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8 Things Every World Traveler Struggles With

by Dayana Aleksandrova Jan 23, 2017

WE WORLD TRAVELERS are a pretty interesting bunch. Having traveled solo since I was 16, I sometimes feel like Alice in Wonderland while walking the streets of a new city I’ve just settled down in. My daily struggles aren’t running out of milk or not being able to get out of my cozy bed in the dead of winter. World travelers have to face some pretty bizarre challenges on the daily. How many of those do you identify yourself with?

1. I keep seeing faces in my head, but can’t match them up with names or countries.

The other night, I was out on my evening walk by the beach in Barcelona, when a face of an older, dark skinned man with a huge coffee-stained grin popped up in my head. I saw the face very vividly, but could not for the life of me remember where I’ve met him or what his name was. It took two full hours of my brain slowly bringing forth sounds and phrases we’ve exchanged for me to figure out he owned one of the Dunkin Donuts at Copley Square in Boston. I used to see him every other day when he came to the bank branch I worked at for transactions. The upside of that though, is that you’ve always got something to occupy your mind and stimulate your brain to think visually.

2. Dèjá vu. ALL. THE. TIME.

It probably happens to me a dozen times a day. I walk by a gate in El Raval and in my head see the small gate at my ajarn’s house in Bangkok where I went to get a sak yant tattoo. Often, I walk by a bakery in Gràcia and it reminds me of the shop I used to go to as a child in Bulgaria to buy bread around 5 o’clock every afternoon with my grandfather. I can walk around the narrow streets of Ubud in Bali and see an antique shop that in my head looks like something I saw in Copenhagen. All these visions beg the question, can we really trust our reality? Try dealing with that on the daily.

3. I’m a food snob.

I’m not talking the “snails-in-butter-and-perfect-French” type, but I do insist upon foreign recipes be executed as closely to the original version as possible. If I’d like to make a pad thai in Boston, it won’t be the same as that delicious medley of fine noodles and spicy local vegetables I bought for $1,50 at a garage-restaurant in Thailand’s Bang Khlo neighborhood. It’s not the same eating fried fish with rice in a warung in Indonesia and eating it in an upscale Indonesian restaurant in Stockholm. Half of what makes the experience of food so enjoyable is the culture that accompanies it.

4. Skype dates are a nightmare when your friends are scattered all over the globe.

Every time I try to talk with my best friend in Sao Paulo or my old roommate in Denmark, it’s a pain in the ass. Though WhatsApp certainly makes it easier to communicate with friends in Germany, Spain and England, the connection often times sucks and Wifi can be unrealiable. To be honest, I do miss having all my friends across the street as I used to before I began traveling. On the other hand, I don’t have to pay for accommodation in over 16 countries, because there’s always a friend with a pull out sofa.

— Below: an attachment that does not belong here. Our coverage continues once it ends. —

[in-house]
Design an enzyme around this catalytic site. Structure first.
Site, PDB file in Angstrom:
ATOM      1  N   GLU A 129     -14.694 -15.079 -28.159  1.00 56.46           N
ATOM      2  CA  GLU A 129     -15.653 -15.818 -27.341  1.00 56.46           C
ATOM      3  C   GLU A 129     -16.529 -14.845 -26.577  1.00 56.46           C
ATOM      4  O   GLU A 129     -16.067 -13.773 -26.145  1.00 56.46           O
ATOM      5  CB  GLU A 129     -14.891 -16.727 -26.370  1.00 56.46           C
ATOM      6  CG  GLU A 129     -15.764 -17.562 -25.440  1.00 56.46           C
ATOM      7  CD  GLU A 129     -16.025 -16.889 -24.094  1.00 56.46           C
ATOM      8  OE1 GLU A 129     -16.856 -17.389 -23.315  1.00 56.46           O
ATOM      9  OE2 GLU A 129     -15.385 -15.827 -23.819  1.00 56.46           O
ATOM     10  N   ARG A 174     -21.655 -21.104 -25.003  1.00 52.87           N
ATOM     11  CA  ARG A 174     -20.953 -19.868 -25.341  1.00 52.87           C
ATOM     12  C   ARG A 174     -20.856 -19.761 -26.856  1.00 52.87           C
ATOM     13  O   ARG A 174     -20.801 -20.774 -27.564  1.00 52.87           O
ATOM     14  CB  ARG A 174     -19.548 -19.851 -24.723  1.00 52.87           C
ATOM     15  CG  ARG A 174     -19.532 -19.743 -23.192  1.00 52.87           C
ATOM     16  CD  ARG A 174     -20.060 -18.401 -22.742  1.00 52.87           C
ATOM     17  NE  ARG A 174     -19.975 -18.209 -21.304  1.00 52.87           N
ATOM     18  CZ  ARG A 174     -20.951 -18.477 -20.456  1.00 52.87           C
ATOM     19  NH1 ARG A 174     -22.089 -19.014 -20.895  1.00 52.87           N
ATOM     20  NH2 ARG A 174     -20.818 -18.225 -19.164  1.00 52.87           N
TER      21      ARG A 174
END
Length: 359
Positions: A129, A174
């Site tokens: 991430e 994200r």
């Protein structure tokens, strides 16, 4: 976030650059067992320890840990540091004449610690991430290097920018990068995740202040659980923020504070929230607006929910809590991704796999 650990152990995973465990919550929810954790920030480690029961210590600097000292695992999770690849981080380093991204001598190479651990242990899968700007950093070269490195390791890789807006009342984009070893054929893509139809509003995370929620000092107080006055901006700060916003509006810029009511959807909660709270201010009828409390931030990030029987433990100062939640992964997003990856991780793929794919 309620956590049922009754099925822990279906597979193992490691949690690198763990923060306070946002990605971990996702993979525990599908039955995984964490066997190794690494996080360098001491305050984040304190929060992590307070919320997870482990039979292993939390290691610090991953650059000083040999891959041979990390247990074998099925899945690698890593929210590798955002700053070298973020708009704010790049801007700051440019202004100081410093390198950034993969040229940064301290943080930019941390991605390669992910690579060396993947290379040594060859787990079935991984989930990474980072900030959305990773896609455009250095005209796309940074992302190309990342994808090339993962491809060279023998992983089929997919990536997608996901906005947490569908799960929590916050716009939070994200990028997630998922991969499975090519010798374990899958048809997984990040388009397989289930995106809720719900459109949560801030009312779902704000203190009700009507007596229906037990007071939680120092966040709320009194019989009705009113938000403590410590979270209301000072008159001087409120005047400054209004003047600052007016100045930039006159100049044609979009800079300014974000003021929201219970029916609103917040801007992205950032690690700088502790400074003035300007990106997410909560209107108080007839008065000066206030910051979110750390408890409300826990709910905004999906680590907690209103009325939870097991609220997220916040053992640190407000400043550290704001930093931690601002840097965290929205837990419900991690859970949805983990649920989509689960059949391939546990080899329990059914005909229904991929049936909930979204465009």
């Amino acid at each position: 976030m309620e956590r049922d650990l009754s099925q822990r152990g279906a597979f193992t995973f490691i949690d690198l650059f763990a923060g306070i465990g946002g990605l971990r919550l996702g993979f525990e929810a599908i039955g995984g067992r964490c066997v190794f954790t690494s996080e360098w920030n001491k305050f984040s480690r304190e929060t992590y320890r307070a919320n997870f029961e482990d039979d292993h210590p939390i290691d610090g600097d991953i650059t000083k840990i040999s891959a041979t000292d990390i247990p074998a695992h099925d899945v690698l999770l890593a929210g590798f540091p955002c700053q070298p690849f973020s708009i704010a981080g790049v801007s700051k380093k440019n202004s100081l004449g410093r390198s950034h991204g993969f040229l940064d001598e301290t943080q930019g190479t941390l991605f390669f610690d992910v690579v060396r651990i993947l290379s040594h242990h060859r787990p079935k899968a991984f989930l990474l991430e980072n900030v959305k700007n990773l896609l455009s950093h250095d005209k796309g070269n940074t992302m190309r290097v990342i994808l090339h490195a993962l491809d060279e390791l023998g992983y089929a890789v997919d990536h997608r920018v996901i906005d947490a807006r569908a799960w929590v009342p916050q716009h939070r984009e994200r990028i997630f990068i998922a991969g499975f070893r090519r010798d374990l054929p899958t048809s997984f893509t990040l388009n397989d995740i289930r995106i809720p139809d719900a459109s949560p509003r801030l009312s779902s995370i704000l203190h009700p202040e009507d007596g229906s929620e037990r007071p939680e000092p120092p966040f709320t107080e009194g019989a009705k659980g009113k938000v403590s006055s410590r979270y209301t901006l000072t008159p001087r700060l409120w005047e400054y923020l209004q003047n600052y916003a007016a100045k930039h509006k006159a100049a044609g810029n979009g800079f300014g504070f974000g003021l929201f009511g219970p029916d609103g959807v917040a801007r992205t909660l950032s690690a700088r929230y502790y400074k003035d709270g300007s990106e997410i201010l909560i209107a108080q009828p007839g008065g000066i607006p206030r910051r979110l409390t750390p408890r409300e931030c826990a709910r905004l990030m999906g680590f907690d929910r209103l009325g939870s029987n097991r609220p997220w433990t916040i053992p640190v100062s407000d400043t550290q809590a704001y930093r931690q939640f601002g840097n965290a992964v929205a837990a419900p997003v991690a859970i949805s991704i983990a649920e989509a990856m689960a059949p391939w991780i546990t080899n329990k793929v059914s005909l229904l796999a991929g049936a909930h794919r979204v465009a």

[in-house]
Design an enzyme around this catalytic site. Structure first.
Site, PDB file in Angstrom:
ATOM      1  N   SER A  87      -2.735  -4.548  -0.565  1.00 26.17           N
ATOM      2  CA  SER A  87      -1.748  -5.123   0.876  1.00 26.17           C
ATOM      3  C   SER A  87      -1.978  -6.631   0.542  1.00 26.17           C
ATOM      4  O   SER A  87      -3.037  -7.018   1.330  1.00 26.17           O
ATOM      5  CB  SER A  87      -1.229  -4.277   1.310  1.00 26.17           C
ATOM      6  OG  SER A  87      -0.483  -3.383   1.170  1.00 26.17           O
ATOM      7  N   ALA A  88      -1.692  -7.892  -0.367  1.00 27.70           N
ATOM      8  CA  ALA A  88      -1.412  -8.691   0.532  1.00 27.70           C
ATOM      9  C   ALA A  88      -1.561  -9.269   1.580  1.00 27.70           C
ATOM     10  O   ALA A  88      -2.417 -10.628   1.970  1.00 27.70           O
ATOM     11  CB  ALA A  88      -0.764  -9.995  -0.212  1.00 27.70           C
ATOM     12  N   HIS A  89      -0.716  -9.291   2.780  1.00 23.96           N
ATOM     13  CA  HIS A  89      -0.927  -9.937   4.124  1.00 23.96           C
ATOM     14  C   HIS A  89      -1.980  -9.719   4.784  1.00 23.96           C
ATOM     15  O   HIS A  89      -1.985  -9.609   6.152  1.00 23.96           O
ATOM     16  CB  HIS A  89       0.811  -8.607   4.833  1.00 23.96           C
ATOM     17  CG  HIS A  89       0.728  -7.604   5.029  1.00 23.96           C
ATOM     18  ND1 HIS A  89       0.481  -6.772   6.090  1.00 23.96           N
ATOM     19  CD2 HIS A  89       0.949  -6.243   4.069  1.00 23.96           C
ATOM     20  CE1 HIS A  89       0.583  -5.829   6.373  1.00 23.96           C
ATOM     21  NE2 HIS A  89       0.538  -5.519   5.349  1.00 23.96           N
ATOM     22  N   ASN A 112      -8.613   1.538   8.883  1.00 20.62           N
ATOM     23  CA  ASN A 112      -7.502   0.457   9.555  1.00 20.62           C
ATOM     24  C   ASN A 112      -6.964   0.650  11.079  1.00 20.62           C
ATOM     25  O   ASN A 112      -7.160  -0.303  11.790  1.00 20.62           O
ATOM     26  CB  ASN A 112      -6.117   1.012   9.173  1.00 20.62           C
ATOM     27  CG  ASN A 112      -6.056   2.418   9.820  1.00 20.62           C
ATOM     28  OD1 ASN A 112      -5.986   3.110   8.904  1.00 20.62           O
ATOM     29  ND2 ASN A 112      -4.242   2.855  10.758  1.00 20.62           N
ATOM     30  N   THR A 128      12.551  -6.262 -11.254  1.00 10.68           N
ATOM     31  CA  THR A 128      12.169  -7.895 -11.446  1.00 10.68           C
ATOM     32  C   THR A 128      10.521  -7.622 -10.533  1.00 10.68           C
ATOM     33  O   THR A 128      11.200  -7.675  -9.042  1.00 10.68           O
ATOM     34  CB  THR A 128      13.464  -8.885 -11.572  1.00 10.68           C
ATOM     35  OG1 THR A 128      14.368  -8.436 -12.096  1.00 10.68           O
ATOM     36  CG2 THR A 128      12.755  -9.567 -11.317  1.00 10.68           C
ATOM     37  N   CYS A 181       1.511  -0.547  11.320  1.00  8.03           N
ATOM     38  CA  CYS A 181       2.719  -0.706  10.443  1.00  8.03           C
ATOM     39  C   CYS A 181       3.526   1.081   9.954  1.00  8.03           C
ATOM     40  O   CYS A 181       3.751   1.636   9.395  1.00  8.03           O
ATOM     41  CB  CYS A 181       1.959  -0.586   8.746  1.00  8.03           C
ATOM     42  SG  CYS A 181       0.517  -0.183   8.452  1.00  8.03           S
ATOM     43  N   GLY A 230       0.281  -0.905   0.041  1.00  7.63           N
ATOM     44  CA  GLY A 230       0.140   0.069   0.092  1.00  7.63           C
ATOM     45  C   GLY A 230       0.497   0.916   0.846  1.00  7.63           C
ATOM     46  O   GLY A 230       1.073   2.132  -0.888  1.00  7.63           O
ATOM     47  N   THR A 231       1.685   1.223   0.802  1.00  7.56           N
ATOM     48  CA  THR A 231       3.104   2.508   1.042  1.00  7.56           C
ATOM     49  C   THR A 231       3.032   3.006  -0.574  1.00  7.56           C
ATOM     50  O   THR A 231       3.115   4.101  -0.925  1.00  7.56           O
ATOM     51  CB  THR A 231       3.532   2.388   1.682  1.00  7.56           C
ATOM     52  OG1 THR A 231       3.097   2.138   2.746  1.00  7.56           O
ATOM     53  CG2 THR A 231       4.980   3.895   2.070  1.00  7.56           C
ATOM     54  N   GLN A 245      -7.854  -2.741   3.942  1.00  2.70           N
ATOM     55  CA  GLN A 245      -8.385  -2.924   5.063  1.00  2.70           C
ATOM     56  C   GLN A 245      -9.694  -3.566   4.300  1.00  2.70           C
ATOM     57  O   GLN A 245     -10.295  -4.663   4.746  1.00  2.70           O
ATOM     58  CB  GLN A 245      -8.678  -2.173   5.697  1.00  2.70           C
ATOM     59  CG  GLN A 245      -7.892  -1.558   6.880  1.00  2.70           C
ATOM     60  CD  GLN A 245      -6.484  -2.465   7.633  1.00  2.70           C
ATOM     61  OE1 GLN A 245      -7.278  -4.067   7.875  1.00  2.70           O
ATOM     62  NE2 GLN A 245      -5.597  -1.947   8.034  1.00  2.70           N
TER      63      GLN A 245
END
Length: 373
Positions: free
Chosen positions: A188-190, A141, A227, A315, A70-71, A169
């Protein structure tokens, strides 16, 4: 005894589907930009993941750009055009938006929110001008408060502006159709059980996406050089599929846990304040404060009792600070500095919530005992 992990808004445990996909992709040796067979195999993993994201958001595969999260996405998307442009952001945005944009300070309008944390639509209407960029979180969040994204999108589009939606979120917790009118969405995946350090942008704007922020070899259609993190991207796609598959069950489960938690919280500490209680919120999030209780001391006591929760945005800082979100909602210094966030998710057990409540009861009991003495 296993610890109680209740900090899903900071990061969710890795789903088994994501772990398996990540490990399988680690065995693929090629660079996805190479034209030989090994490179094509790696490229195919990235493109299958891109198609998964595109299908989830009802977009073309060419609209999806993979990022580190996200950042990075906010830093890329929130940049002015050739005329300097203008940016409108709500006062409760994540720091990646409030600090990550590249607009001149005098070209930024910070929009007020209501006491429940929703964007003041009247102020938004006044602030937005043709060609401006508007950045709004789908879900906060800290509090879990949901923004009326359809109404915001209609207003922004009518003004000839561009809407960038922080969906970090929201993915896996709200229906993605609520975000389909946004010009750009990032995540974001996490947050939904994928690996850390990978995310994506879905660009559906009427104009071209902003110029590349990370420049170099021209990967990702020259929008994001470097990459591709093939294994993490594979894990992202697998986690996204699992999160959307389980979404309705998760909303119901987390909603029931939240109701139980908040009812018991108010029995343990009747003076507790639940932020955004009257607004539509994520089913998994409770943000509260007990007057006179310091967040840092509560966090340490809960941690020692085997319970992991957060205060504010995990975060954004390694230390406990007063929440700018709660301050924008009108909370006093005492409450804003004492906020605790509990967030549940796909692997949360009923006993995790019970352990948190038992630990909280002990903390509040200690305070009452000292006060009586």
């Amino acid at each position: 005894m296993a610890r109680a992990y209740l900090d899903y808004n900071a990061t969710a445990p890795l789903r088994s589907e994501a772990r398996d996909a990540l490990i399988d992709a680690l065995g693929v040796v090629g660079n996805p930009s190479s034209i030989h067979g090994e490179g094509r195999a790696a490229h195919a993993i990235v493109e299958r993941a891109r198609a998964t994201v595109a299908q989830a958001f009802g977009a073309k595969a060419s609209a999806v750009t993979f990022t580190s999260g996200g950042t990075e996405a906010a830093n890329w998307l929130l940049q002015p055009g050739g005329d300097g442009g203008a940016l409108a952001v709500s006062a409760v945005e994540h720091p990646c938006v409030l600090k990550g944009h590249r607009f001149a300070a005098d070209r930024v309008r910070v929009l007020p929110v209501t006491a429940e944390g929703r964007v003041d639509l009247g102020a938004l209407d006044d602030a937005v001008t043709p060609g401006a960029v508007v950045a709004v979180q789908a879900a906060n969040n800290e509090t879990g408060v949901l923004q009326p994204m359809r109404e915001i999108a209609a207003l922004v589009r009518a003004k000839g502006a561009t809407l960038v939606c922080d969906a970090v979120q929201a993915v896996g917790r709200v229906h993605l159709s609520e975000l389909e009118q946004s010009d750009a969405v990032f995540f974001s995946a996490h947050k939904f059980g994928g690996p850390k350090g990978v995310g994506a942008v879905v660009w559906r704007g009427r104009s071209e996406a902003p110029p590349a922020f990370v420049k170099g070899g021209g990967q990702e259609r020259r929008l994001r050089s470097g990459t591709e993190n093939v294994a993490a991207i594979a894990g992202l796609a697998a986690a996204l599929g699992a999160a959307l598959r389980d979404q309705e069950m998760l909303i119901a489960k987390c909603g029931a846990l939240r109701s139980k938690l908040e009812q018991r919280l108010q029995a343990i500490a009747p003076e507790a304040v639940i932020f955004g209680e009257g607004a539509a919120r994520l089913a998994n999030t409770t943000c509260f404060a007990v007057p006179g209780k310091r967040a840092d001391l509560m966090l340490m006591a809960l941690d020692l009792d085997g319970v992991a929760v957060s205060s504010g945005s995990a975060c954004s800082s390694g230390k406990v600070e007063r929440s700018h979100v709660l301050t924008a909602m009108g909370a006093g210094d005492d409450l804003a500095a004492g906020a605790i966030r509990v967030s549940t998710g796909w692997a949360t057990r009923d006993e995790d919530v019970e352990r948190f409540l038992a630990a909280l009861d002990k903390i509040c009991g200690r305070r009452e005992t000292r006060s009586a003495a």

5. Food cravings are weird and hard to fulfill.

I mean sure, I could go get a pizza anywhere in the world, but it won’t be the same as pizza I’ve had in Italy. Same with pho and baklava. It’s even worse when I find myself craving Balinese suckling pig or Bulgarian banitsa. In those cases, I just give up and go for the universal comfort food — chocolate.

6. I turn into a price hawk.

I can’t even buy a bottle of water these days without comparing the cost worldwide. It’s much worse when it comes to rent. I’ve got a hard time accepting even a great deal on a room in Barcelona when I know I can rent something twice as large in Granada for the same money or hell, an entire studio in Canggu. Eventually, you suck it up and pay the price, but comparing standards of living is a daily battle.

7. I sleep talk in 3 different languages.

I’ve had former boyfriends make fun of me for mumbling nonsense in my sleep in Bulgarian, Spanish, English and sometimes Bahasa Indonesia. To that I say — don’t make fun and pay attention. You might learn something.

8. I don’t do any work at the office because I’m planning trips all the time.

Guilty as charged. The more you travel, the more insatiable your wanderlust becomes. It’s absolutely impossible for me to be staring at a spreadsheet for 8 hours when all I’m interested in is planning the daily itinerary for my next trip on Inspirock and practicing the fake cough that will get me out of work for one extra day.

Truth is that in most cases the way you lead your life determines your struggles. Though I can’t get a Bintang and a portion of suckling pig on the fly, I’d choose the travel life and everything that comes with it any day.

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